That other doc that you're talking about is HIS WAY, right?


That's about Jerry Weintraub and the craziness of Hollywood, and he's listed as a producer on your film. So, what is more insane, corrupt, and influential on its people: The former Soviet system, or Hollywood?

I swear on my life, I haven't thought about this before, but this morning, I was thinking about that. I didn't know what's more corrupt and debased, Hollywood or the Soviet Union. That's a great comparison, I'll be honest with you. Talk about a propaganda machine, what's worse?

You've also worked with Werner Herzog, who is one of the world's great masters at doing something that could be incredibly serious, but also darkly comic.

He's one of the funniest guys, I'm telling you and he's not known for this, but to me, he's one of the funniest guys I've ever met.

In terms of you having the chutzpah to go on and make a documentary, was it working with him that pushed you over the edge, or was it simply that this project just came together?

Well, he didn't get involved until much later. I went ahead and made the film, more or less finished it. I showed him a late cut because I didn't want to show him something too early because I respect him and I don't want him to think I suck, you know?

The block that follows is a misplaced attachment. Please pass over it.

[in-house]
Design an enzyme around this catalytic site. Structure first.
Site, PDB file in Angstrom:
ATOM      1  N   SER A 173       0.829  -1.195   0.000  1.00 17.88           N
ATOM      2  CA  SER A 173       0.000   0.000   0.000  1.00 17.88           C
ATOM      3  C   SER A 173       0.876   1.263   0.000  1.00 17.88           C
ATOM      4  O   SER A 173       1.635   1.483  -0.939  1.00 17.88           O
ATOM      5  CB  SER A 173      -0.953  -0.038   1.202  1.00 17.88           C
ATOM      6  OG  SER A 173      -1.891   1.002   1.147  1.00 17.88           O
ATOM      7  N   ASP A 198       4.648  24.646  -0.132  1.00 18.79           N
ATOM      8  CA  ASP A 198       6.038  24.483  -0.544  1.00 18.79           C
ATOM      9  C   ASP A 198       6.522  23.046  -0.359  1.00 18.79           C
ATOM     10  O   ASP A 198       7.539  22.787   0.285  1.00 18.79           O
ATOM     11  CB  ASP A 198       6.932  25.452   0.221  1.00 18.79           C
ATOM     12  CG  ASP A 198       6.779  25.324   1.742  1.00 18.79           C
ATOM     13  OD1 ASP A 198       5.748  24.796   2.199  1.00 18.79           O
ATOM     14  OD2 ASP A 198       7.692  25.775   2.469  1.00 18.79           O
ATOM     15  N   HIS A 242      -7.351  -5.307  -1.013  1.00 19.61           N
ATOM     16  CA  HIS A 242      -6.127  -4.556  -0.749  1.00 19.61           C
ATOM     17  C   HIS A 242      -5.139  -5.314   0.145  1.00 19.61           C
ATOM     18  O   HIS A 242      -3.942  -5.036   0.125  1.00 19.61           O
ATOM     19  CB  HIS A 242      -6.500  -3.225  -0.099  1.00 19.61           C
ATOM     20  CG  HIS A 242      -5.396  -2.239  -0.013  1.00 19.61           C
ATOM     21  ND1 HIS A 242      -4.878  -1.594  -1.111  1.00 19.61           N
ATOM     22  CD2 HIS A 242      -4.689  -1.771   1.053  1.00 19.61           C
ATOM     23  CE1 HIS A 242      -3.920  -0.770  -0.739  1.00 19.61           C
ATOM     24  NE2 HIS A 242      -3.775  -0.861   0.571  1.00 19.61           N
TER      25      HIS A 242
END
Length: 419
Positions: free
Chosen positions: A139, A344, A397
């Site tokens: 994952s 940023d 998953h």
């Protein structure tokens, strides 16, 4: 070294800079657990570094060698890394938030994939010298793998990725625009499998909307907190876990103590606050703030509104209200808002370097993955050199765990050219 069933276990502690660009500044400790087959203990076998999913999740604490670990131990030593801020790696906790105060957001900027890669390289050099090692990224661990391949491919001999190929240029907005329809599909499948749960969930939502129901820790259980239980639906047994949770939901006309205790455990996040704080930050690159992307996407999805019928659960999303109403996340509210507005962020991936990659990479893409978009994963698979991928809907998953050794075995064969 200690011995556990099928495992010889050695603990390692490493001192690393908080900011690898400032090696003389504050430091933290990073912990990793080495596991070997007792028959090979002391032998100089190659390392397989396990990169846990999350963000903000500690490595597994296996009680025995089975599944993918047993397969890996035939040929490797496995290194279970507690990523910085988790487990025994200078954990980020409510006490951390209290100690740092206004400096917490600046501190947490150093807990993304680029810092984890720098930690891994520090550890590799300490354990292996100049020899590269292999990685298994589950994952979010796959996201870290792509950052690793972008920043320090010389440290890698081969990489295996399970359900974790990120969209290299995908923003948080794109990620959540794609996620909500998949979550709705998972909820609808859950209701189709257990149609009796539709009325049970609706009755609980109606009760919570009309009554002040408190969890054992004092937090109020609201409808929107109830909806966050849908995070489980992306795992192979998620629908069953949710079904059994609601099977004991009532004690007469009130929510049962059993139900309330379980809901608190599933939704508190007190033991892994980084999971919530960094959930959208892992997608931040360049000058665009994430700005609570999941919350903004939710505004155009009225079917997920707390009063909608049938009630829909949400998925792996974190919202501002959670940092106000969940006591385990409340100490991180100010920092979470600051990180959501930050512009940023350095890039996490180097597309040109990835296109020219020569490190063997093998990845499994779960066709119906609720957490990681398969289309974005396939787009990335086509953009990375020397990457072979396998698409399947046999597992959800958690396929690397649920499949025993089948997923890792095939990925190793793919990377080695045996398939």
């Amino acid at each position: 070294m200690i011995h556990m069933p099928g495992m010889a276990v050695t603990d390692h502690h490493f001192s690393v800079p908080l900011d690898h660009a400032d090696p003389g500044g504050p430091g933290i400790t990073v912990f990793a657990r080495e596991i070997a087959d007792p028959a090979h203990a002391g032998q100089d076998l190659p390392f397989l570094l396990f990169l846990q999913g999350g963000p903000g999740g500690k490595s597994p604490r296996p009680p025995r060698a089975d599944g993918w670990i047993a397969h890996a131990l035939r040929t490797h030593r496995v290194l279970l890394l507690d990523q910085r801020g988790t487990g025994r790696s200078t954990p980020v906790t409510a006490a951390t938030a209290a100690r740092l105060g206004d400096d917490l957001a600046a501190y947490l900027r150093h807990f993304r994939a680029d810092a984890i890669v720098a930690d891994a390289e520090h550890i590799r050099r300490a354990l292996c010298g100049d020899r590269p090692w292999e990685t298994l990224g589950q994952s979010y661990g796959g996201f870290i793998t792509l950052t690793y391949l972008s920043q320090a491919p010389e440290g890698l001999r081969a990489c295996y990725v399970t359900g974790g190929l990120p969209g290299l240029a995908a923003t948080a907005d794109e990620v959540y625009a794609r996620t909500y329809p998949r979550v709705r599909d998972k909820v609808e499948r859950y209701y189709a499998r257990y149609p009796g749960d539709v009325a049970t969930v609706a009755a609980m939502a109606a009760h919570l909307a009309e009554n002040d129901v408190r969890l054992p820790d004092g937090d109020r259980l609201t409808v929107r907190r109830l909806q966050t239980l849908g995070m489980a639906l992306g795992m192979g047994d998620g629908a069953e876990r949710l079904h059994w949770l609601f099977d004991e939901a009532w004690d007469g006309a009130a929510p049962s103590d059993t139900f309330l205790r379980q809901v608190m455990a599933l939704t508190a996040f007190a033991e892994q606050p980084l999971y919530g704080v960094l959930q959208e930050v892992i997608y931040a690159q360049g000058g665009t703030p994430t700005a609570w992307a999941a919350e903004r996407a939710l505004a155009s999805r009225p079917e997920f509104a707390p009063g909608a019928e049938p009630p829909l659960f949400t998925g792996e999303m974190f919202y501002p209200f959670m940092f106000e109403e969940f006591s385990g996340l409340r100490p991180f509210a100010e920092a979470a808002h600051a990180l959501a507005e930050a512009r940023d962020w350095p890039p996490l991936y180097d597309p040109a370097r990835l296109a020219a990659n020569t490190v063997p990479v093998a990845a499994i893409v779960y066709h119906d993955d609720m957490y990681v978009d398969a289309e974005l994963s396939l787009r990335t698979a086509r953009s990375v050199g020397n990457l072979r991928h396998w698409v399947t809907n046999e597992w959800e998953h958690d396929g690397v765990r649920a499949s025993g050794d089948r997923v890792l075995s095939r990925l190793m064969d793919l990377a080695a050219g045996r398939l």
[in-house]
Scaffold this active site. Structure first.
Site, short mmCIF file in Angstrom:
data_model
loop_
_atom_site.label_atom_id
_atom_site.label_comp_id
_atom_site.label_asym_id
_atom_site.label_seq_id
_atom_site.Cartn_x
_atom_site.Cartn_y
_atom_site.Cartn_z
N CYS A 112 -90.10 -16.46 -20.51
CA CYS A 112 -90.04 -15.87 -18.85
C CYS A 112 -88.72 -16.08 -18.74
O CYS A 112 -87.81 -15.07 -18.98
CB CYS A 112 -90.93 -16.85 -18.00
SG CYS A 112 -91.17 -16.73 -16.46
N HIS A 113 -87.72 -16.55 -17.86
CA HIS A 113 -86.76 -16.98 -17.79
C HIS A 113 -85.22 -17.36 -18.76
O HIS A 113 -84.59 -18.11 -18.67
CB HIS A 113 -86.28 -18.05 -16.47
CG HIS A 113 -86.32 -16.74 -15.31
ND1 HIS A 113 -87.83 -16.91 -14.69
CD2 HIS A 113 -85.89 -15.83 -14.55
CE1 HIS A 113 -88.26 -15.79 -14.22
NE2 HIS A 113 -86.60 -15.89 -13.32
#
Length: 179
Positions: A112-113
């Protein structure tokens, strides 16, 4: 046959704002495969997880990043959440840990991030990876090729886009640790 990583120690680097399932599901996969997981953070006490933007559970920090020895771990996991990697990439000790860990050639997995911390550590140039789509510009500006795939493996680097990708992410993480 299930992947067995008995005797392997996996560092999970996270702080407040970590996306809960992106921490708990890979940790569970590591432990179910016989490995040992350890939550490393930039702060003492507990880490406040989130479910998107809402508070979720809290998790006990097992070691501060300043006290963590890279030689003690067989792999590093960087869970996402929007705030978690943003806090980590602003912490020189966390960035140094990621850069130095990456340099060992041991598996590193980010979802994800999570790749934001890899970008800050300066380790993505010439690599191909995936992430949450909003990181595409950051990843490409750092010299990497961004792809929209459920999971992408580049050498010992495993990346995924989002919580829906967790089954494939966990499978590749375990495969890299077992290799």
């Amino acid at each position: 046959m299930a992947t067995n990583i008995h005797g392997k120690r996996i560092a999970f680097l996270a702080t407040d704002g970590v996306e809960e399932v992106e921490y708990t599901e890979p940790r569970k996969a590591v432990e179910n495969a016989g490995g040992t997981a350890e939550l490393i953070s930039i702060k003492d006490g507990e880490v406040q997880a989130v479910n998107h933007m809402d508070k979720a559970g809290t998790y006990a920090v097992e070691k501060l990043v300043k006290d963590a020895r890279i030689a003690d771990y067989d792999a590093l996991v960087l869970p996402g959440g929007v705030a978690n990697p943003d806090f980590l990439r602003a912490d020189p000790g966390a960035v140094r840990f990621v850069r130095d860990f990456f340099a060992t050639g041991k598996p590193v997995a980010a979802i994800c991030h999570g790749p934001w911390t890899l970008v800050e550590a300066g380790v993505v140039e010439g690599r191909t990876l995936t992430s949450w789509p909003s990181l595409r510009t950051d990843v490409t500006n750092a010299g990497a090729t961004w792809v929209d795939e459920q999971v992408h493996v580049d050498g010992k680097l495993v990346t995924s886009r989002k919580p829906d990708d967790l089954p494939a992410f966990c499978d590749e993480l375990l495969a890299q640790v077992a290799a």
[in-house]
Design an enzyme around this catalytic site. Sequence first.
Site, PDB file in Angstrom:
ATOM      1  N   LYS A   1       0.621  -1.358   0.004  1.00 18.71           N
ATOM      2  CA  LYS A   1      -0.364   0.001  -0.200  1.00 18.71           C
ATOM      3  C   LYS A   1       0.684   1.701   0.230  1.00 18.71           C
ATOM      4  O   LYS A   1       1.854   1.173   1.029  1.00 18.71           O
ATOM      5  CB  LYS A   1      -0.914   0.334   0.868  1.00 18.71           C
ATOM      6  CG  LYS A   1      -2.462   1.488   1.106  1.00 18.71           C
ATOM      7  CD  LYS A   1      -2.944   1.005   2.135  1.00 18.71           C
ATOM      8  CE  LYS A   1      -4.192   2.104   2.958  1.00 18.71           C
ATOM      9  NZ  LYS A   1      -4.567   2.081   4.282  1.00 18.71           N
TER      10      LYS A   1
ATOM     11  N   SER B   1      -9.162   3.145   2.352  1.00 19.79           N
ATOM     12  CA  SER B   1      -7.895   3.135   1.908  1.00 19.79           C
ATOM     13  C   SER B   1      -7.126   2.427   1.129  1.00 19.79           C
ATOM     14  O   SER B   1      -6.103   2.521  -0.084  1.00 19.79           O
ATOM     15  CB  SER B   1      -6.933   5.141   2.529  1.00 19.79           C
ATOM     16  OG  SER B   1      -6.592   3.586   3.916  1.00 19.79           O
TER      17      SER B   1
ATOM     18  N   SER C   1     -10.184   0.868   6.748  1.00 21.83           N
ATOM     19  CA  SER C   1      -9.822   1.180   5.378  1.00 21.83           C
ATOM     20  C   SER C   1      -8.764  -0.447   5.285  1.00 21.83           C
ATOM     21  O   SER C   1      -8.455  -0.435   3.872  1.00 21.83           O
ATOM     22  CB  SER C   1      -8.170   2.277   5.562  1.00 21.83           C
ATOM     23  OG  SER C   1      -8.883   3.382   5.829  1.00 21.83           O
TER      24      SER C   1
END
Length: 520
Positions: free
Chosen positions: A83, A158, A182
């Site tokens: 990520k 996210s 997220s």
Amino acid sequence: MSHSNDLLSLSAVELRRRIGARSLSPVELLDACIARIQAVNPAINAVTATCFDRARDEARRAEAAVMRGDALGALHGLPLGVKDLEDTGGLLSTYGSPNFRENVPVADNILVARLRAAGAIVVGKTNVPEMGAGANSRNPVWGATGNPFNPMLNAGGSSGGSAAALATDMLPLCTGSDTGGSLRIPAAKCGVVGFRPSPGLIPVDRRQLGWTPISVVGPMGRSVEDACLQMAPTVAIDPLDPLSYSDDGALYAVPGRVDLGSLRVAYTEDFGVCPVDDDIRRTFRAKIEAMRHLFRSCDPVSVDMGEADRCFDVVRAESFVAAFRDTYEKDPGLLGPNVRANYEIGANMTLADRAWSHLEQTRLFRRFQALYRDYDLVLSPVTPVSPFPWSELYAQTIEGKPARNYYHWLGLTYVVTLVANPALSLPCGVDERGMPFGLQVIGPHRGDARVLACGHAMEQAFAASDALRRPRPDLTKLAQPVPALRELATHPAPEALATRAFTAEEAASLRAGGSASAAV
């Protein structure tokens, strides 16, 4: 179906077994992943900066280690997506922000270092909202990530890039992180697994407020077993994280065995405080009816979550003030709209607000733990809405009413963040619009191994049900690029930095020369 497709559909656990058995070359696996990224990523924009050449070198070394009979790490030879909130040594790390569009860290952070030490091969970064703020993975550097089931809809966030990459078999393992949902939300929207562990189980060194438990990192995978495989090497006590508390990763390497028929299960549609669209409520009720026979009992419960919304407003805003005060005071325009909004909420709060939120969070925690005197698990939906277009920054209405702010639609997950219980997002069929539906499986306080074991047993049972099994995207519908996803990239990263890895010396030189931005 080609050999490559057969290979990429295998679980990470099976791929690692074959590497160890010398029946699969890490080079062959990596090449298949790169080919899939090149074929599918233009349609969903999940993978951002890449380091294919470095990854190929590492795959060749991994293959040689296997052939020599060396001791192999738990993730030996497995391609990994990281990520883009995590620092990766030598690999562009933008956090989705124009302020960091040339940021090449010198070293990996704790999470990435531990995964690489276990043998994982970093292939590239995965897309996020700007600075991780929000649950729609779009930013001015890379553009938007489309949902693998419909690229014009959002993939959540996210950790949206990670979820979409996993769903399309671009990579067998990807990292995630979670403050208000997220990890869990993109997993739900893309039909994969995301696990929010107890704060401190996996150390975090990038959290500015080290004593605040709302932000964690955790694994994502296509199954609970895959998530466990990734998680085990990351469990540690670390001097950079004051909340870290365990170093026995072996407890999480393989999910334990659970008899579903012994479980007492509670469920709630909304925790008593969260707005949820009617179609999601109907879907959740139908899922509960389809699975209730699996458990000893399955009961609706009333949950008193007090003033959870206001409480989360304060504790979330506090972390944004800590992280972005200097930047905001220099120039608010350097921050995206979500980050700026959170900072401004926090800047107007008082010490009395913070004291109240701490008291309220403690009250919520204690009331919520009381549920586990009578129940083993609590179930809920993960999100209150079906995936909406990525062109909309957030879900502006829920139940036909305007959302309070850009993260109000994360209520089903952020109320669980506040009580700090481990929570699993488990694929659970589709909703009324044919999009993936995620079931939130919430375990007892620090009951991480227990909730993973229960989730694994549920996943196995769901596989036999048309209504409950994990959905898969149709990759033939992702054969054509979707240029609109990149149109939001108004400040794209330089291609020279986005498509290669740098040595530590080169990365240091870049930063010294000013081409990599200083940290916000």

I showed him a later cut and I wasn't done yet and he right away was one of the first people to really tell me this is very special, [that] it's very deep. It's about men, it's friendship and betrayal, these guys [are] the Russian soul. He kept going on and on and it gave me a lot of confidence, at least security that, listen, if I made a movie that Herzog liked, but it means that it's a movie that has some kind of power and soul.

He gave me advice throughout the sales process and dealing with festivals a little bit. I had a couple of setbacks from festivals and sort of confused and he just said hey, listen, this is, it's a grotesque world and we know what you made, and just keep going.